“Dream Teams”: 5 Gaming Collaborations I Would Love To See

May 26, 2010 at 11:50 pm Leave a comment

So I guess my brain’s been in a weird list-centric mode recently, as this is my second one this month. Apologies to those of you who are weary of the format (God knows there are enough of them on the good ol’ interwebs): sometimes ideas just lend themselves to little numbered bullets. Anyway, enough of my prolixity.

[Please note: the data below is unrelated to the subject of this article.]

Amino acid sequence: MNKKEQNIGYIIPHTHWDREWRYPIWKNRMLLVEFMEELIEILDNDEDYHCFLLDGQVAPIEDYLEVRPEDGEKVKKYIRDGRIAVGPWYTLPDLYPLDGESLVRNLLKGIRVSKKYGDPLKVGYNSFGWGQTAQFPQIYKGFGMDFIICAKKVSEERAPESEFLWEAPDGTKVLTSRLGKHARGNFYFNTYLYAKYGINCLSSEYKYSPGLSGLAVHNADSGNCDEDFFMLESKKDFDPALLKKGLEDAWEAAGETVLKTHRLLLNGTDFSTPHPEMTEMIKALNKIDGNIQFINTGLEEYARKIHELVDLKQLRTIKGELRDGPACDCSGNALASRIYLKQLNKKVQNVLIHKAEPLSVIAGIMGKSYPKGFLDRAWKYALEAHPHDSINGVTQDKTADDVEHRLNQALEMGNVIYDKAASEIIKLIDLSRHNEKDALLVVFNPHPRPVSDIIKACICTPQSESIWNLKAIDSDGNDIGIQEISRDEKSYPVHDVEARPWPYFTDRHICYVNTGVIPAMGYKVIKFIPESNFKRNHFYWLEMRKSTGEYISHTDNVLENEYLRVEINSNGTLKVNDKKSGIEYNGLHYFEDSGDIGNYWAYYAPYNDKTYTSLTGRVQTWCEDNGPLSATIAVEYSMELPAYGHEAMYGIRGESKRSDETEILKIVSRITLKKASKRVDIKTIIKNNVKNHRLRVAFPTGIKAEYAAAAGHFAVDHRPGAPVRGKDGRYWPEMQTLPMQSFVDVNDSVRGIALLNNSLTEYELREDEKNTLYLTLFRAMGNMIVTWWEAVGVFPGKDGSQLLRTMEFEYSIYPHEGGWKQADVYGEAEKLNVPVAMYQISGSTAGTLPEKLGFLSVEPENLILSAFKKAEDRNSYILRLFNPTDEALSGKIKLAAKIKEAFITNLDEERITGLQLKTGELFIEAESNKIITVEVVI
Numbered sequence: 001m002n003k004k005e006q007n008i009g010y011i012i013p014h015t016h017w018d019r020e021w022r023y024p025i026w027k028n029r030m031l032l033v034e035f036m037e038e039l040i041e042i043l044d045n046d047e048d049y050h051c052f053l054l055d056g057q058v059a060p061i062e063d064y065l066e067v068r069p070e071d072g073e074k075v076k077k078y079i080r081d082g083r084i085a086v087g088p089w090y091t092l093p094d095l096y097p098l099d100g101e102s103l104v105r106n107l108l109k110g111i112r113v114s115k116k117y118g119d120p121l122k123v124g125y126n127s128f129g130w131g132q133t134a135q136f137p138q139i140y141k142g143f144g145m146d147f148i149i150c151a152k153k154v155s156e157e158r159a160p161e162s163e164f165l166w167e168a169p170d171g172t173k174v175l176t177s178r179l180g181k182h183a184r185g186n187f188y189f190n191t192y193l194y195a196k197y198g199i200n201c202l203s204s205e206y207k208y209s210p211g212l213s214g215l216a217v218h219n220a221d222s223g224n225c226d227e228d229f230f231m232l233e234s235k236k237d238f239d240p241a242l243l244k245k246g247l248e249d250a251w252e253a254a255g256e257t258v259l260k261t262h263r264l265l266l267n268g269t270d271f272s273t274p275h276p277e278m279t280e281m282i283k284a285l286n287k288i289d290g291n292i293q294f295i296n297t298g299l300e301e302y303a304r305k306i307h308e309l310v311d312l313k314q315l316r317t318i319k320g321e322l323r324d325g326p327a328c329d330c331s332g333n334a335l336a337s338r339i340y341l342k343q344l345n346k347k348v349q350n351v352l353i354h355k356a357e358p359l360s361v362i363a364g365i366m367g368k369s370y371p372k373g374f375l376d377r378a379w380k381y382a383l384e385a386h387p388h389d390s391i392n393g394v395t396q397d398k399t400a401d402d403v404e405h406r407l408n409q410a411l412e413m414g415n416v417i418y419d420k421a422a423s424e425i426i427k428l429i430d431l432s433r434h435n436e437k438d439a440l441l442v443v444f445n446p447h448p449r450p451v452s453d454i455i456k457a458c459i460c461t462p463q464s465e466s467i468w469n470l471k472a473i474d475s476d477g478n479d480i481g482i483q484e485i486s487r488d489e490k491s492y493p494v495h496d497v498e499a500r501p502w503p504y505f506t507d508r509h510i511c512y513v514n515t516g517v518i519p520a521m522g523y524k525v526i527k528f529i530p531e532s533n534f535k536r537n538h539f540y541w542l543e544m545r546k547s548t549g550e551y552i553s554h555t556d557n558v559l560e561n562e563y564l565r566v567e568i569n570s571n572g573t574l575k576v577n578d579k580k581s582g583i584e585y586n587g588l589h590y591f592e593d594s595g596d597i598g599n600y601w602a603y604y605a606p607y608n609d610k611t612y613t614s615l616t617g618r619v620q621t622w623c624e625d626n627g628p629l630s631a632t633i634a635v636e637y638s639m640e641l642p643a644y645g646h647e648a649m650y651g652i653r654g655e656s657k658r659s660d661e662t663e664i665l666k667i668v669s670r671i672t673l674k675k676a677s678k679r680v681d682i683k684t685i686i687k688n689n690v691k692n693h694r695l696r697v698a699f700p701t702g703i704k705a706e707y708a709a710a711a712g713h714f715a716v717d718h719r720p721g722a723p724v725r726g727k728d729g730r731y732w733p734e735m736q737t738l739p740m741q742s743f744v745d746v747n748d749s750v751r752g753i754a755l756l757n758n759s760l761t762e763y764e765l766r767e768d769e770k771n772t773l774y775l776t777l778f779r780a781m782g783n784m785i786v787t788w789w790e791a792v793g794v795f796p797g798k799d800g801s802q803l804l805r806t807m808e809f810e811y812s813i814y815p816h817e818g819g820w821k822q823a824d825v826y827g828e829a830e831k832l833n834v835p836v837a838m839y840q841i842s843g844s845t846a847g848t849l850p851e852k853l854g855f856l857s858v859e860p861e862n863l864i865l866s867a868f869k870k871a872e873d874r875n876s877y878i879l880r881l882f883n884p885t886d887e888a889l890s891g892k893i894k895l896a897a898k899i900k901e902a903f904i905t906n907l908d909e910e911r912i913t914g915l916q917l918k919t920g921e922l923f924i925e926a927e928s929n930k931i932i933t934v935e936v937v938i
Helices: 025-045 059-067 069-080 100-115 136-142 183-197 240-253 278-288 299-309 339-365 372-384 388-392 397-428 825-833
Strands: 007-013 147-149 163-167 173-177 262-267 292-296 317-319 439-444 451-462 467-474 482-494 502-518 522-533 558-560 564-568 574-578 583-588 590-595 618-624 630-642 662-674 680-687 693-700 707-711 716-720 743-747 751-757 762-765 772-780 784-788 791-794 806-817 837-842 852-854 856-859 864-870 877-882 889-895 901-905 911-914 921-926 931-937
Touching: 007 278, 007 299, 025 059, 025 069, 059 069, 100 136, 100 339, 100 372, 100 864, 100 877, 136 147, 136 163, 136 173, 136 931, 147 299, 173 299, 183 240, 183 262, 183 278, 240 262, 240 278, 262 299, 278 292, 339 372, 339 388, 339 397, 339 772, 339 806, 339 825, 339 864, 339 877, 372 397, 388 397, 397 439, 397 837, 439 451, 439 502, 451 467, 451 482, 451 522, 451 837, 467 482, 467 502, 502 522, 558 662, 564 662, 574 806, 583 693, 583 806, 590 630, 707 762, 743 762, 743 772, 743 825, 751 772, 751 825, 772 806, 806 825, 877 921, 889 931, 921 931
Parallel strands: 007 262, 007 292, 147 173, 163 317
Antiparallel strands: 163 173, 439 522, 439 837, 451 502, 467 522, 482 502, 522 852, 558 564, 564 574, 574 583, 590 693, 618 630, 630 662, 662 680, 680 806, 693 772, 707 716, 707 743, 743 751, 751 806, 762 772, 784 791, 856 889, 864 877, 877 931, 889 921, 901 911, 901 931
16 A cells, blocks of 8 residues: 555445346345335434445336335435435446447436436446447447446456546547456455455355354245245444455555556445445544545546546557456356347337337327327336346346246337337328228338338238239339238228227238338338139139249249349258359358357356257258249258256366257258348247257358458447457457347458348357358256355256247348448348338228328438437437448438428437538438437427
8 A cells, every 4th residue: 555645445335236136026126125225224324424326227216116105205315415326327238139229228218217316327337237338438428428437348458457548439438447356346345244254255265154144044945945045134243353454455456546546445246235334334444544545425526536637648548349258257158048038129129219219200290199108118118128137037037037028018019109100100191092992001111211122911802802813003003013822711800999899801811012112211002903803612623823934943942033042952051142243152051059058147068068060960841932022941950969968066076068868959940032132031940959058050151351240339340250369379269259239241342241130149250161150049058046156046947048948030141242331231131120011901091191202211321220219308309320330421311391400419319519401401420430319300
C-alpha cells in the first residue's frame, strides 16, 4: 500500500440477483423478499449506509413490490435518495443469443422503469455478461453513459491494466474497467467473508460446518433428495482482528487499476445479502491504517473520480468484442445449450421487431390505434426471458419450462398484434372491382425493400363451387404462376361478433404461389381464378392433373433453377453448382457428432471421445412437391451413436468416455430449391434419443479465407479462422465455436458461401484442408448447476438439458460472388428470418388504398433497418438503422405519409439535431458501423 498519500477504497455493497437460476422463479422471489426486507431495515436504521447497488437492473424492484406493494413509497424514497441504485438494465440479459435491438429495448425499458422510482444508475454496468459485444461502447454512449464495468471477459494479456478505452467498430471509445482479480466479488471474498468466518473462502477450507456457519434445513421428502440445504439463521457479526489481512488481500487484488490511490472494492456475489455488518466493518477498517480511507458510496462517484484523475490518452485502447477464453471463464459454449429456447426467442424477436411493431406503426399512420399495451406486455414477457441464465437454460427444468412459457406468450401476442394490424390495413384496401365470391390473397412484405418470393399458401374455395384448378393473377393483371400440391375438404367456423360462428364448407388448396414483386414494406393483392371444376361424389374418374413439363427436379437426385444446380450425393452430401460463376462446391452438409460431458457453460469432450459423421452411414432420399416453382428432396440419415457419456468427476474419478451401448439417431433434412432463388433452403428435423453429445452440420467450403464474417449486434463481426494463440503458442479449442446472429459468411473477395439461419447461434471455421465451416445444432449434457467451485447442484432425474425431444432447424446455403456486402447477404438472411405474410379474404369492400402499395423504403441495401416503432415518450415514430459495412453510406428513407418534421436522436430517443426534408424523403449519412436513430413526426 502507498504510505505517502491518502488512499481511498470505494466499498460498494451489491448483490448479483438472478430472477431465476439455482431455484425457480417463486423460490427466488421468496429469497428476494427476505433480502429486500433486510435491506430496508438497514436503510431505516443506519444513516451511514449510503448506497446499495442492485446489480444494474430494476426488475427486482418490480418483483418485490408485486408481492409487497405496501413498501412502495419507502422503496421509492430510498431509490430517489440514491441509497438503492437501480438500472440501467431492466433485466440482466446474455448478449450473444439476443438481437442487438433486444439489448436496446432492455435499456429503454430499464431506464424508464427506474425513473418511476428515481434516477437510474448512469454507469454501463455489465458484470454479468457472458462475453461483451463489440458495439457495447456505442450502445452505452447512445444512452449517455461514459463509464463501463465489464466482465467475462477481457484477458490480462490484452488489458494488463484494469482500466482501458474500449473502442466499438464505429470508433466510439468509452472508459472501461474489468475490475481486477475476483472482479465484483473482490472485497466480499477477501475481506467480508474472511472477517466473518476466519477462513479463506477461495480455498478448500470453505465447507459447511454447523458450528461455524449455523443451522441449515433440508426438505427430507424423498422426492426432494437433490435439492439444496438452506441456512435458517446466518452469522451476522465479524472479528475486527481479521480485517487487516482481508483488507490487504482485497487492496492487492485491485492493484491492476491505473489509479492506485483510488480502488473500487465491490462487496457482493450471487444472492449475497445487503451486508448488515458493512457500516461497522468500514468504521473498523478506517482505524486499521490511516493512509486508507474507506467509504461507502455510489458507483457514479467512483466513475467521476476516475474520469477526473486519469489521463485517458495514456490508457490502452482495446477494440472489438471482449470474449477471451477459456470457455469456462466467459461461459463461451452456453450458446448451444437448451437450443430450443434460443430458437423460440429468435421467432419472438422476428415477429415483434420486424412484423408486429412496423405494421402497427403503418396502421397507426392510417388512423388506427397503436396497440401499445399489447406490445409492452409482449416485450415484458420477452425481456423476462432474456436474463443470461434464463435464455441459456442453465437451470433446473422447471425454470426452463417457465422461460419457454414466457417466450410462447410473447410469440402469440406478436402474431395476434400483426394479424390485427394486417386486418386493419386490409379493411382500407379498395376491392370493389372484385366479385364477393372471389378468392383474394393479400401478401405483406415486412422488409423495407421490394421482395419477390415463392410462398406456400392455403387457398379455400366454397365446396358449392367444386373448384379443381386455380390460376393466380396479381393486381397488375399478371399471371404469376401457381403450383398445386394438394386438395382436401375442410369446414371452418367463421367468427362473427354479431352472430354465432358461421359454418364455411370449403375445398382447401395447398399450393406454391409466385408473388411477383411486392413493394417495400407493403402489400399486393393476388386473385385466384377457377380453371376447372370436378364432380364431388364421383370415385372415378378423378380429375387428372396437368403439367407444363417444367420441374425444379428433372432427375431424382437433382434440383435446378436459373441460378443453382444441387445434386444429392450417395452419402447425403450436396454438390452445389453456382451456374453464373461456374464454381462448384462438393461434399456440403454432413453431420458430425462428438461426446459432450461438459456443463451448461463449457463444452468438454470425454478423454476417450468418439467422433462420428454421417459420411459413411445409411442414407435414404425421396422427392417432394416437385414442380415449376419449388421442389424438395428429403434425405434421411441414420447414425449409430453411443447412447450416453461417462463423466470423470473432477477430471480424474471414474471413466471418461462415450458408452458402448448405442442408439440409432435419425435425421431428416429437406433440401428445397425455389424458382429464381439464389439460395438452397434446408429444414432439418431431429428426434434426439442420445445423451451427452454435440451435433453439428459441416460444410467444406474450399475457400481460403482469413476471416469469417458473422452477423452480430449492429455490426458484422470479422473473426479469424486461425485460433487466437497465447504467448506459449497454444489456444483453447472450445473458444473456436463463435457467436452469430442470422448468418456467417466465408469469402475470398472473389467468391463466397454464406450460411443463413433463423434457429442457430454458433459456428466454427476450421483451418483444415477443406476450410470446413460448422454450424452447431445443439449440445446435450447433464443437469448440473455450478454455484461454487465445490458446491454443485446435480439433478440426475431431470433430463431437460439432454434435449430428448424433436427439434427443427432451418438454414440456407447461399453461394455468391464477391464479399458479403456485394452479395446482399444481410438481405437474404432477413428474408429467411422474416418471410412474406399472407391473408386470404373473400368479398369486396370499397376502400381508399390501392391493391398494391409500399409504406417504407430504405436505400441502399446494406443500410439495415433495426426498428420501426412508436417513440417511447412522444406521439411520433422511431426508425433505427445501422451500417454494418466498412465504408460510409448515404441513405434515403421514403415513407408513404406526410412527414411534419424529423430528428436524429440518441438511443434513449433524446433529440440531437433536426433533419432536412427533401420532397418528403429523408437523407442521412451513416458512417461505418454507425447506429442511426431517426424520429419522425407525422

Sometimes, in any genre, there are supergroups. When two or more accomplished and beloved creators team up to weave an otherworldly tapestry of pure delight, integrating their work together seamlessly and elevating their art to new levels in the process… or that’s the goal / expectation caused by rabid hype, anyway. Actual mileage varies quite a bit: for every Cream or Good Omens there are a baker’s dozen of disasters where the artists in question never really click together, or all the different elements just don’t fall in place correctly. Examples in the gaming world might be Crono Cross on the good end, and Brutal Legend on the not so good. So, I realize going into this that collaborations between high profile (or really any) artists can be fickle things, and the end product might not always be what people had in mind. Nevertheless, a man can dream, and so these are my top 5 pie-in-the-sky fantasy team-ups in the gaming world.